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Panel 19, June 19, 2012, 11:00am-12:30pm
Moderator: Alison Hicks (University of Colorado, Boulder)
Presenters: Samuel Wicks (University of Pittsburgh); Tina Gross (St. Cloud State University); Sarah G. Wenzel (University of Chicago); Carolyn Palaima (The University of Texas at Austin); Laura Shedenhelm (University of Georgia); Barbara Alvarez (University of Michigan)
Rapporteur: Lisa Gardinier (University of Iowa)
Alison Hicks introduced the presenters and explained the pecha kucha format. Generally speaking, pecha kucha presentations are 20 slides for 20 seconds each for a presentation of 6 minutes and 40 seconds.
In the first presentation, “What Digital Collection? Issues of Collection Development, Cataloging Trends and Standards, and Ethical Considerations of Underground Music in the Caribbean and Latin America,” Samuel Wicks explored initial considerations in planning a digital collection for Latin American punk music. A collection such as the one proposed potentially includes media in a variety of formats, including text, images, audio, and video, from a variety of original carriers, including audio cassettes, vinyl records, ephemera, and fan zines. Wicks discussed open source digital collection management software, briefly reviewing the strengths and weaknesses of a variety of systems in relation to this project, including Archon, DSpace, ICA-AtoM, and Greenstone. Ultimately, CONTENTdm provides the most robust platform capable of handling audio and video files in addition to text and images, as well as allowing the creation of compound documents to group related items. Wicks created a “materials and techniques” metadata elements to more adequately describe objects such as album covers. Wicks also looked for other punk collections. He found a variety of projects, such as museum exhibits in Slovenia and Reno, Nevada; the Fugazi Live Series with the support of the original band; and fan-created digital collections like Killed by Death Records and Kill from the Heart. Finally, Wicks briefly discussed the challenge of identifying and obtaining copyright permission from members of sometimes obscure punk bands that have not been active since the early 1980s.
Because Wicks had to leave for the airport immediately after his presentation, there was a short question and answer period before moving on to the next presenter.
Miguel Valladares-Llata (University of Virginia) asked about the availability of the presentation. Hicks confirmed that she would post the presenters’ slides on the SALALM blog.
Laura D. Shedenhelm (University of Georgia) asked if links would be included. [At the time of writing this report, the slides have been posted on the SALALM blog, but links have not been compiled and posted.]
Meagan Lacy (Indiana University-Purdue University Indianapolis) commented that her library had difficulty identifying the copyright owners of a journal included in a digital collection. The journal itself did not include any copyright information. The library chose to post the content with a note that the copyright holder should contact the library and the library would remove the material if requested. Wicks commented that a similar practice is commonly seen on YouTube, in which content is posted with a note that the person posting the material does not own it, does not intend to profit from it, and will remove it if requested.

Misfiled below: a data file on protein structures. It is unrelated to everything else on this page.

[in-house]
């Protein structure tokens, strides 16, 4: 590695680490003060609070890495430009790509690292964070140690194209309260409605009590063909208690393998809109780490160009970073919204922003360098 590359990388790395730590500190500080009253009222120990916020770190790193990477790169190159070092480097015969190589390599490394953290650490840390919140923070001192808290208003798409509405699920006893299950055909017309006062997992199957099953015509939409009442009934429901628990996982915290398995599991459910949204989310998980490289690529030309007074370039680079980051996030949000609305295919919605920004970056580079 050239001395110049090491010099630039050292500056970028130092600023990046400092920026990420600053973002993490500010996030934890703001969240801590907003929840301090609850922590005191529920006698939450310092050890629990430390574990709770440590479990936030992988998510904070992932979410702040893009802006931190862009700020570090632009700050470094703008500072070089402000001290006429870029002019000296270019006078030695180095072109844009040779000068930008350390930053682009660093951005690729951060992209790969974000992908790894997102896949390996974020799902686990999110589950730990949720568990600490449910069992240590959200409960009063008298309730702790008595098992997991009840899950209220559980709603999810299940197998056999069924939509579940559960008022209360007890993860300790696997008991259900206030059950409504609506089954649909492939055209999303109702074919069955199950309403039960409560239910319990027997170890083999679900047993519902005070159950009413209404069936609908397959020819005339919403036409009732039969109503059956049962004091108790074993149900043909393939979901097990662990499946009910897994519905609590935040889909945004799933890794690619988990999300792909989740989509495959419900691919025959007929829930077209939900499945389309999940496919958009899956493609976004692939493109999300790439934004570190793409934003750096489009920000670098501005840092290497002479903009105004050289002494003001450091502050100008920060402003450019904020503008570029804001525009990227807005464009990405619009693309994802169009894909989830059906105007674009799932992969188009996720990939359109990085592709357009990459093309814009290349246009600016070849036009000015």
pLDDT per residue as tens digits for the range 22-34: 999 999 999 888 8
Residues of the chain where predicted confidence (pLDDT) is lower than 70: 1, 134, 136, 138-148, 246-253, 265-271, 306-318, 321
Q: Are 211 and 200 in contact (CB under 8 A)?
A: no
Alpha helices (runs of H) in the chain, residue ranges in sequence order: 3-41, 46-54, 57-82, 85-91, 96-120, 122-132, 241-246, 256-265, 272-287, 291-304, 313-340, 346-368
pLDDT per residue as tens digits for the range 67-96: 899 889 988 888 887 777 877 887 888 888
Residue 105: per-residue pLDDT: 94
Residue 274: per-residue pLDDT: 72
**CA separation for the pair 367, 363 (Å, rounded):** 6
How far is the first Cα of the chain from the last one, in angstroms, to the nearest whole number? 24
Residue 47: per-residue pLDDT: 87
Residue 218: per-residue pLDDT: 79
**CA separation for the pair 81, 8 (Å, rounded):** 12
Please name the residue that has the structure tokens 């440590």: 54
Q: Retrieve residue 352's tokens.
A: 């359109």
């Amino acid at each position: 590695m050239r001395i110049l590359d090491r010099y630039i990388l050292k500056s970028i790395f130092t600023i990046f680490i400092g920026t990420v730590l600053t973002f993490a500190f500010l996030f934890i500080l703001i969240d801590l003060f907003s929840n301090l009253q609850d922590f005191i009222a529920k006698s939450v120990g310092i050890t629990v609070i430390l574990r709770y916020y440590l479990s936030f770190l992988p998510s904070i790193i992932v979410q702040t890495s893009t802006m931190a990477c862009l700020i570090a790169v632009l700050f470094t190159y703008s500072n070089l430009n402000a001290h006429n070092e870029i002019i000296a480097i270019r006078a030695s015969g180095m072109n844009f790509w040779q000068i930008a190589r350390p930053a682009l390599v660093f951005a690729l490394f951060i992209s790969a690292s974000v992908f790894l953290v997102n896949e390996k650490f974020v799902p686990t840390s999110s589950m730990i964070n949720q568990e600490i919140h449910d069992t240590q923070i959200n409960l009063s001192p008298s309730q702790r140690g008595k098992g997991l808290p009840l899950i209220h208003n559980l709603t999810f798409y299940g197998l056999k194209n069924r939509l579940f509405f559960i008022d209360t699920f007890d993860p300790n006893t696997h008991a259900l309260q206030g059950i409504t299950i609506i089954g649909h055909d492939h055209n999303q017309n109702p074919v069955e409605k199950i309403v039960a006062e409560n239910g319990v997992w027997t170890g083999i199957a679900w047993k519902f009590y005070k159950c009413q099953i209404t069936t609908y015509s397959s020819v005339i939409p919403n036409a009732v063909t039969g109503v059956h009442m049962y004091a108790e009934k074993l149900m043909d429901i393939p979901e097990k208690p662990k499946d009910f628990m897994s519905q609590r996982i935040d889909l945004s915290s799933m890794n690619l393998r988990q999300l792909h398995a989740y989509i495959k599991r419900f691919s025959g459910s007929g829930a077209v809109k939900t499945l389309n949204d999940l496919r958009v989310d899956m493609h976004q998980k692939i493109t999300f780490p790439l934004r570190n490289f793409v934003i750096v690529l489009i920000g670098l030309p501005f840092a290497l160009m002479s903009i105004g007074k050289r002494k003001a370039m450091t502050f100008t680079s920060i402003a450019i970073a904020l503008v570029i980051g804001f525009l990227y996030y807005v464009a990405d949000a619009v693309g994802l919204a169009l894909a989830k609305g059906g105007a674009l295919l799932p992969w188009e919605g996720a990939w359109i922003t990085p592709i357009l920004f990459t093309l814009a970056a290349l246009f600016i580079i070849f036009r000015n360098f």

An unidentified librarian from NALIS commented that Greenstone is capable of handling audio files, as the NALIS Digital Library runs on Greenstone and includes mp3 files, notably in the storytelling collection. [Wicks later verified that the version of Greenstone he used was not capable of supporting audio files.]
Kumaree Ramtahal (University of the West Indies, St. Augustine) asked Wicks to elaborate on the process of uploading video in DSpace. Wicks used KeepVid to extract a file from YouTube and other streaming video.
In the second presentation, “Developing Local Cataloging Procedures for Access to Foreign-Language Films,” Tina Gross discussed providing better access to foreign films for patrons. Standard cataloging practice focuses on the physical object which, in the case of films, describes the location of the publisher, not the production of the original film. Patrons looking for foreign film, however, frequently want to search by country of production. Two new MARC fields, 257 and 044, have been introduced to capture “Country of Publishing/Producing Entity.” However, many integrated library systems are not configured to include that as a searchable field. Further, many OPACs do not distinguish between the MARC coding for the primary language of the film and the subtitles, making it difficult to search for a film based on its original language. Gross and the staff of the St. Cloud State University Library reasoned that activating the search functionality of the new MARC fields or language coding was a low priority for their ILS vendor, especially with the impending implementation of RDA, but still an important search strategy for their patrons. Gross and her colleagues chose to add local subject headings in the 655 genre/form fields: